Harvard-Radcliffe Class of '89

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Kyle Prioleau

I can easily picture the first time I met Kyle. It was late fall of freshman year and I was eating alone in the Union trying to study and rescue a passing grade in Chem 10. Kyle, whom I had never met, placed his tray down directly across from me. I was puzzled and annoyed since the dining hall was practically empty and it was obvious I was trying to study. Several minutes passed without any exchange, and then suddenly Kyle commented, “It’s too late.” I looked up and Kyle blankly said, “You’re obviously not interested in that class because you haven’t studied. You’re better off taking something that actually excites you.” I was taken aback, but before I could think of anything to say, he got up and left. I was flustered, largely because the comment was true.

Despite this awkward first meeting, Kyle and I later became friends and roommates in college and medical school and shared countless experiences though those 9 years of co-habitation. I was lucky enough to witness firsthand the way Kyle lived his life to the fullest and was always seeking new experiences. Just as he had done in college, he took advantage of his time after graduation in Japan, San Francisco and Chicago, to touch many lives along the way. He was a dedicated and caring son, brother, and cousin. He suffered many personal tragedies, including the loss of his mother and brother as a child, but never felt self-pity or entitled because of these losses. Rather, they pushed him to live his life to the fullest.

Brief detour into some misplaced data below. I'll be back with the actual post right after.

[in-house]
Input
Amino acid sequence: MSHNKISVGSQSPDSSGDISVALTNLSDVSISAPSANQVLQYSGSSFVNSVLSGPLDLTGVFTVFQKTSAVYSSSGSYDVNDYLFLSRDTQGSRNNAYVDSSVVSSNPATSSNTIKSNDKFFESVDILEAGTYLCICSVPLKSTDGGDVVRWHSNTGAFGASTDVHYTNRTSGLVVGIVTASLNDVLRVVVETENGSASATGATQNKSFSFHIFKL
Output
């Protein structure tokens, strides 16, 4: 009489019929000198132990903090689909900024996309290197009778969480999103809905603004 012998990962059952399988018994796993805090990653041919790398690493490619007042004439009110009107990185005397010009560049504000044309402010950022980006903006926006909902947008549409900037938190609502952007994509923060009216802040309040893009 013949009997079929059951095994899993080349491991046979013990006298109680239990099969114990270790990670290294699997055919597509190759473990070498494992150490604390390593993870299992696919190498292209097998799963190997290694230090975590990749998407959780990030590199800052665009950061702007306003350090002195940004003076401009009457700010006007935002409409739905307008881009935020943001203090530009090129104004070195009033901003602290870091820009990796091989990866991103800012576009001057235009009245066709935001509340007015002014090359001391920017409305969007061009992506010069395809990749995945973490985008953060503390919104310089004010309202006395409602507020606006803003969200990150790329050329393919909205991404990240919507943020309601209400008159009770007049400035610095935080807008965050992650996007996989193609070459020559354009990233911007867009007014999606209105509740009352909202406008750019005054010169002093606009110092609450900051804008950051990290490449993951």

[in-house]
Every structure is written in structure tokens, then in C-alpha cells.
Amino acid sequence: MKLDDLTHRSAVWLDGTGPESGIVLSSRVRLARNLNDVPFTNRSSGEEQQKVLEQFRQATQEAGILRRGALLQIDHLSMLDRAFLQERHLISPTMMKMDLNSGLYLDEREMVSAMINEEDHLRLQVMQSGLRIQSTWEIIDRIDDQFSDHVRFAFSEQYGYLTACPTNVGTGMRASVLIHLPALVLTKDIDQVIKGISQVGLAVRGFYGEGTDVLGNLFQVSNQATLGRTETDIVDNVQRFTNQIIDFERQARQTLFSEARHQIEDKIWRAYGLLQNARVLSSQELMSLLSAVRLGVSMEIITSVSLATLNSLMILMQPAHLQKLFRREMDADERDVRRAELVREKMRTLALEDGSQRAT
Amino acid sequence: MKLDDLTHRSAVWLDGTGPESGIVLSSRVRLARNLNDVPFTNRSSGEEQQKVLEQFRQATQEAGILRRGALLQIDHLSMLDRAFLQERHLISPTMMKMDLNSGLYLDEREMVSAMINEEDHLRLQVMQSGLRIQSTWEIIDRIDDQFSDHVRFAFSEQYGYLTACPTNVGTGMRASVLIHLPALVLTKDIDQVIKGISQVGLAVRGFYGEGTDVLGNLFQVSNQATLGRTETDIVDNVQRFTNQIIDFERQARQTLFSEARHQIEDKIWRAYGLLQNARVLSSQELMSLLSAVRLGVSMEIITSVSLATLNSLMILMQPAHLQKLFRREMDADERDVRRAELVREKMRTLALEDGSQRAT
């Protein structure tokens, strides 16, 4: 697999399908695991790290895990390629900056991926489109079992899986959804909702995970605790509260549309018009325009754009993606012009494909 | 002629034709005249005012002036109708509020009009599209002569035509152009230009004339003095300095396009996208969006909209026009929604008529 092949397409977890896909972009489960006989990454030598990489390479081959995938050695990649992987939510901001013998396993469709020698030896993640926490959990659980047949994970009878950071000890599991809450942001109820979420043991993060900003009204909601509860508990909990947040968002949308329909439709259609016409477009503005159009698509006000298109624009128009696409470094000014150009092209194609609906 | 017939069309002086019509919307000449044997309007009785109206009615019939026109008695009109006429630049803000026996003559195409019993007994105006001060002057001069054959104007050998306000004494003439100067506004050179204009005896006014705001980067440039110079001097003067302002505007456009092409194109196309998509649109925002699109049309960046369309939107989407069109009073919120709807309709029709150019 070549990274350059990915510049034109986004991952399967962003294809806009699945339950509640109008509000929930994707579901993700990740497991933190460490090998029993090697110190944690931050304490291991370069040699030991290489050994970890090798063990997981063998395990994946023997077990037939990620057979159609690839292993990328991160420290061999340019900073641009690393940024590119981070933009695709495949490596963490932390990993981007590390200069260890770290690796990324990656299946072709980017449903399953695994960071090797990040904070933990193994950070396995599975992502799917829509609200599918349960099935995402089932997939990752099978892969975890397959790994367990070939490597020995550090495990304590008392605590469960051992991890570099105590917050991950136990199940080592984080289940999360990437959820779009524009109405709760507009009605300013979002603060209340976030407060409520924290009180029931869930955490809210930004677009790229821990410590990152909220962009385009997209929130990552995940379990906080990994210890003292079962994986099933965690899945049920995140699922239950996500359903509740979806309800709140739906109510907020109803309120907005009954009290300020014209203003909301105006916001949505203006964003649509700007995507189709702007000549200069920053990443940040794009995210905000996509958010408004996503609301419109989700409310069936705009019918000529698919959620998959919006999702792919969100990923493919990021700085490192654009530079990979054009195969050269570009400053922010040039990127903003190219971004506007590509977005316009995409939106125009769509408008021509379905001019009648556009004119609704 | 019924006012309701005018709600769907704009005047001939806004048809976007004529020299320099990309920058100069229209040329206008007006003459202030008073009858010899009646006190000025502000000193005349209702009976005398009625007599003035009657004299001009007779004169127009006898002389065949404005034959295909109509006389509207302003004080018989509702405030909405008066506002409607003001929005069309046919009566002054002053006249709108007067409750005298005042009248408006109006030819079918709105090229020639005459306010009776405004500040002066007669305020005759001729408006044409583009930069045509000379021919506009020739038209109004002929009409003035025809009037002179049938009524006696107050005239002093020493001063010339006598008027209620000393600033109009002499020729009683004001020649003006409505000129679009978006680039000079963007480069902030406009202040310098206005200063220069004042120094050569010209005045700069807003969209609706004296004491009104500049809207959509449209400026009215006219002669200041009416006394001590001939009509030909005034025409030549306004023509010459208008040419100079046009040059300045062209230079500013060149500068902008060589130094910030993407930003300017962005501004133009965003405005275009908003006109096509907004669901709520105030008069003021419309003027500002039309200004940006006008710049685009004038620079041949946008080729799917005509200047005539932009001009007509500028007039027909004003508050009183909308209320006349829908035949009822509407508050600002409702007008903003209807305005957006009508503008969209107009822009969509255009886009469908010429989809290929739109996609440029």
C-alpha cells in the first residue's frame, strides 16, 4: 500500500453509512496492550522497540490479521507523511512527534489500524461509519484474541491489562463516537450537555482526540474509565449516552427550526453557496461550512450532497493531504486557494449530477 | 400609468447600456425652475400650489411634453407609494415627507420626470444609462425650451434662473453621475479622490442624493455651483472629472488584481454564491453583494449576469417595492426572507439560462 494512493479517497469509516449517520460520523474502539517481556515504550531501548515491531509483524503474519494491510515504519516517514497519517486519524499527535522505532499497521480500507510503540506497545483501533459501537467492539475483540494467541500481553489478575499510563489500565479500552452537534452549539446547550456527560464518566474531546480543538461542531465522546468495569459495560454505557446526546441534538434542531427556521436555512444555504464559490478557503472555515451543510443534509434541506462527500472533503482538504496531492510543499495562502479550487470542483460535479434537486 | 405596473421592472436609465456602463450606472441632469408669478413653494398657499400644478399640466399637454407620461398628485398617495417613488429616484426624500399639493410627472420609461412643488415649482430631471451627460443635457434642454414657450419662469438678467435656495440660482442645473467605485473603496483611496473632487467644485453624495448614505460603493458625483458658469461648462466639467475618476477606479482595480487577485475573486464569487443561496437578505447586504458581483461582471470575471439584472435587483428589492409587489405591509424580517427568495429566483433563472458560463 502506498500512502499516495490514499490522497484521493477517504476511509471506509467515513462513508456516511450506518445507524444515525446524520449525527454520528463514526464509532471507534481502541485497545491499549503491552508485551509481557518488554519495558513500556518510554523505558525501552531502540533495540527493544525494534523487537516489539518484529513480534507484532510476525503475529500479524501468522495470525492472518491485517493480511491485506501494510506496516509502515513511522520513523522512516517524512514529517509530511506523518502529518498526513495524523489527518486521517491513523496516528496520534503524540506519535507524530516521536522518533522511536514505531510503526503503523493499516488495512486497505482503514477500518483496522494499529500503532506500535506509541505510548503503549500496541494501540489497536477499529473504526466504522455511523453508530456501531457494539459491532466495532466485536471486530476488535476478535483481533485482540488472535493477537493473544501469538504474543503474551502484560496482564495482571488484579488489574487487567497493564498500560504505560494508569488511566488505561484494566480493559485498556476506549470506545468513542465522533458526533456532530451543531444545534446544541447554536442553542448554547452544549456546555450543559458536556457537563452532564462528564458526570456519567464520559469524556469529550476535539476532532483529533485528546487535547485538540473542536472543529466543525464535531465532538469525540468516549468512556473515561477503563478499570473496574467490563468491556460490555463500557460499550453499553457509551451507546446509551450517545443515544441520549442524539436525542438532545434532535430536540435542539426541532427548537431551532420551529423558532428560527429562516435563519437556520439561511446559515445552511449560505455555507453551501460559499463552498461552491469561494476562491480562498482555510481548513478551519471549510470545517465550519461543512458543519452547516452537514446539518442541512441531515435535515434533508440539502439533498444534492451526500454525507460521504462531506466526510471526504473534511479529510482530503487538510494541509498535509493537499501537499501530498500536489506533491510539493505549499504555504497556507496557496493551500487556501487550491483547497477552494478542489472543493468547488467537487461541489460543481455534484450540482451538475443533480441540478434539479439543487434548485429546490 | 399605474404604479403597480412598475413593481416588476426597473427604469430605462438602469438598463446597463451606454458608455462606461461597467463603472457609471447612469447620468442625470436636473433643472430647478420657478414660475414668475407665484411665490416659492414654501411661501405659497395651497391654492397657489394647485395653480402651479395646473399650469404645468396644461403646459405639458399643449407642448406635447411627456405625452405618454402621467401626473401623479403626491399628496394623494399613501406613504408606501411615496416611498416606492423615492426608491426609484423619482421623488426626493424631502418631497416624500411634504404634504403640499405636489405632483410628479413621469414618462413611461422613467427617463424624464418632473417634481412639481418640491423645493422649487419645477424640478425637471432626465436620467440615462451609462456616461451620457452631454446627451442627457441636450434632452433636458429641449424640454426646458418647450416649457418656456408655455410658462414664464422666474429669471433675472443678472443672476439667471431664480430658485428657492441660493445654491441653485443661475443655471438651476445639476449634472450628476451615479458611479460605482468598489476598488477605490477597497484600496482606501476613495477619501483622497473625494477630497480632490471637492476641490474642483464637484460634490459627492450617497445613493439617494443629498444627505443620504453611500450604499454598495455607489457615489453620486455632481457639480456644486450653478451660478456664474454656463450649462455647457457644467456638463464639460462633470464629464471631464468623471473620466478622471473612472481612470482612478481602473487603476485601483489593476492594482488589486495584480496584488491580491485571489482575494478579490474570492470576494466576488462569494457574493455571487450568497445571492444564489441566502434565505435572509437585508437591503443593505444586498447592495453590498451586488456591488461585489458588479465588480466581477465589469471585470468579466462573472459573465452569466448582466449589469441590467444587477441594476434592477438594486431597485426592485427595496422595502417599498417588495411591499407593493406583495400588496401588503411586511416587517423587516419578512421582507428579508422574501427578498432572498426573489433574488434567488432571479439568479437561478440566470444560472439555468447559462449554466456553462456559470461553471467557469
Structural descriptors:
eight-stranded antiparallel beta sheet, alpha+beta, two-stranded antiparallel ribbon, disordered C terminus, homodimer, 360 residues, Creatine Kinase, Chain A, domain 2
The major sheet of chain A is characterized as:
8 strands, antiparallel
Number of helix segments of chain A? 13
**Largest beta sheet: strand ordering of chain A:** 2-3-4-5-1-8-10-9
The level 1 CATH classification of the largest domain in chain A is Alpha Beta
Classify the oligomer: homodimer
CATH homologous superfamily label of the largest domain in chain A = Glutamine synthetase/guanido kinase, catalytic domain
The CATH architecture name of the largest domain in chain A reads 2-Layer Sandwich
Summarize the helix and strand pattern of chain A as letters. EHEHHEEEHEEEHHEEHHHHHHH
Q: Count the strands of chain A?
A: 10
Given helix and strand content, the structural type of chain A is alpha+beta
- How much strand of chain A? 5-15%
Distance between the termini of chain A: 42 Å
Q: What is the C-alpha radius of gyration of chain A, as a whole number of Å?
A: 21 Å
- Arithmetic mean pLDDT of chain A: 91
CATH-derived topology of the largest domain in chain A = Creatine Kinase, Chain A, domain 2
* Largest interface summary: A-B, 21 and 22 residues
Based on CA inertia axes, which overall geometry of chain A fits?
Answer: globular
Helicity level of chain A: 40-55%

For many years, Kyle was my dearest friend who supported me through countless ups and downs. But it is my first meeting with Kyle that brings to mind the things I remember and miss the most. Kyle had exceptional powers of observation that allowed him to view and interpret the world in novel and unique ways. He was fearless and did not hesitate making his opinions and thoughts known. He possessed a keen sense of humor that was both dry and playful. Finally, he was caring and dedicated to the people in his life. I am still saddened by his death and the loss of his friendship, but just about every day I see or hear something that reminds me of Kyle and fondly remember the insightful and quirky ways he viewed the world and the passion he had in playing a part in it.

- William Matsui

I met Kyle on my first day at Harvard, in the gables of Matthews North. He wandered into our dorm room unannounced, spotted me on the fire escape surveying the yard, and declared sufficiently loudly (so that I could hear), that I was breaking the rules. He then flashed an electric smile. So began our friendship, and the breaking of many rules together.